These same speakers — directors from the oil, gas and chemical majors — shared their visions of information and knowledge as their key corporate asset to be exploited by making it available to anyone, anywhere in their organisations. Most agree that the key issue is not IT but Information Management, and that a major dimension of this involves soft issues like knowledge, people, and business culture.

Although the data integration and standardisation objectives are widely accepted, few people … would accept [Standard Information Models] as fully proven in the bottom line. However, there is already a threefold drive to create a strategic framework … at this stage:

Firstly, the pace of change in IT [and the web – ignored in a 1997 conference !] continues to be so great that planning future exploitation cannot be left until the potential is fully proven and developed in detail.

Secondly, the potential changes are so far reaching in terms of ‘business re-engineering’ possibilities that the cultural changes needed cannot simply be switched on once [Standard Information Models] become a shrink-wrapped solution.

Finally, the complexity of the detail is such that fully detailed [Standard Information Model] solutions will not arise from standards development alone, without the iteration provided by early implementation.”

(The entire arcticle is preserved on-line at the Impact of Standards User Group Project of the Commission of the EU and cached by Google.)

Confusing Learning with Education

Learning – as in getting oneself educated for your purpose, as opposed to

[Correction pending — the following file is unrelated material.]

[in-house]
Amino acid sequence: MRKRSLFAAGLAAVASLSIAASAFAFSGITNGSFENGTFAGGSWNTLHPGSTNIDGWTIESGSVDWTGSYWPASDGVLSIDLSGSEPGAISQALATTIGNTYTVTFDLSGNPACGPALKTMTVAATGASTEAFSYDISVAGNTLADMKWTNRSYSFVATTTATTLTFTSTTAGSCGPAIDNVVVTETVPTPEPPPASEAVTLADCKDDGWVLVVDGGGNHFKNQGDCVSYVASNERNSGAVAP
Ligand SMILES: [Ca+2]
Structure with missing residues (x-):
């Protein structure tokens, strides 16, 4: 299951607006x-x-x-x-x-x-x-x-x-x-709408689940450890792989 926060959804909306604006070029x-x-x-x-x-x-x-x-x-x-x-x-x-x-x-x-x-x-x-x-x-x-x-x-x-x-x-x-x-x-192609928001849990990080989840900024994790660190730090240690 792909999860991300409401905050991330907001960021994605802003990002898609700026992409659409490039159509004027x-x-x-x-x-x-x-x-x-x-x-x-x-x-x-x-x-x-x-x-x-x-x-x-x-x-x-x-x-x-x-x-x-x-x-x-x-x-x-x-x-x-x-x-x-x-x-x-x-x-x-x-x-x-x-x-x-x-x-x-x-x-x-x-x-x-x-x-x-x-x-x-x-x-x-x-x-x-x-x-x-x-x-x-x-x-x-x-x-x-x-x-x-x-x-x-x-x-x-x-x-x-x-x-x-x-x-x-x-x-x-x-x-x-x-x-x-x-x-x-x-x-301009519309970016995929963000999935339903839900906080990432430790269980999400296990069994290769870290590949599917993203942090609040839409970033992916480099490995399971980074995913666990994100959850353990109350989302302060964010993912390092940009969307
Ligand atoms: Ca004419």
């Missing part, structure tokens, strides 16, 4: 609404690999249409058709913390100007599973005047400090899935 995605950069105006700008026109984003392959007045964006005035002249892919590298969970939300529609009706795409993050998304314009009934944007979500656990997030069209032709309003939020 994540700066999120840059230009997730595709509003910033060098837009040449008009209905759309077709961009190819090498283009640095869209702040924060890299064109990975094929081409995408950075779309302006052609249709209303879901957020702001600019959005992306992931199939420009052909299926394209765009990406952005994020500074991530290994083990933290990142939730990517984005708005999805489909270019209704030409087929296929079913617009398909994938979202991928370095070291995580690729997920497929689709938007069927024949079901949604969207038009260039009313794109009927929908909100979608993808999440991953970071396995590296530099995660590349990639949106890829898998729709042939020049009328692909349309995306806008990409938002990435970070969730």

Learning – as in assimilation a piece of information – receiving communication.
Part of education / learning confusion apparent within and between learning organisation approaches in business organisations in general, and those “educational” organisations whose “customers” are learning. Some references suggested by Sylvia from IAG / CFL / LLL perspective.
Bill LucasCEO of Campaign for Learning, Author of Your Brain – A User’s Guide.
Dr Peter Honey – Learning styles guru. Own .com web-site organisation
Guy Claxton Author of Hare Brain, Tortoise Mind. Some interesting East / West stuff in here, like “The best thinking takes place below the level of consciousness”, and a focus on subjects that might be seen as “airy-fairy or unscientific”. Evocative of Michael Kinsey’s “The tortoises will win the dot.com race”.

Virtual Mobs – Another Day at the Office

Virtual Mobs, Terrorists For Troop, Police Training
From UniSci via Jorn
Importance of subjective content in simulations.
There’s a growing realization that more realistic training simulations lead to higher levels of skill attainment for trainees, but current training games are more concerned with eye-catching graphics than with modeling real human behavior,” said Silverman, professor of systems engineering and computer and information science at Penn. “Our goal is to build in factors like fatigue, stress, personal values, emotion and cultural influences.”

Silverman’s crowd-modeling work will offer detail to the level of single provocateurs within a crowd, taking into account, for instance, young agitators’ frequent desire to assert themselves, dominate conflicts and avenge wrongs.

The simulation can model terrorist behavior based upon observations of extremists’ sense of commitment, feelings of competence and need to right perceived injustices.
Mob Violence ? Funny, sounds like a day at the office !

Reading – Heisenberg / Poincare / Melville

Wow, is it really two weeks since I last posted.
Actually I’ve been ill with a heavy cold, and have done very little apart from read.
Finished Heisenberg, Physics and Philosphy – good read
Started Poincare Writings, ed SJ Gould – not so promising
Started Melville, Moby Dick – excellent read so far.

Spotted this interesting BMJ link from Jorn
About drug companies talking up “illness” to boost drug demand.
From my perspective this is “spinning” information.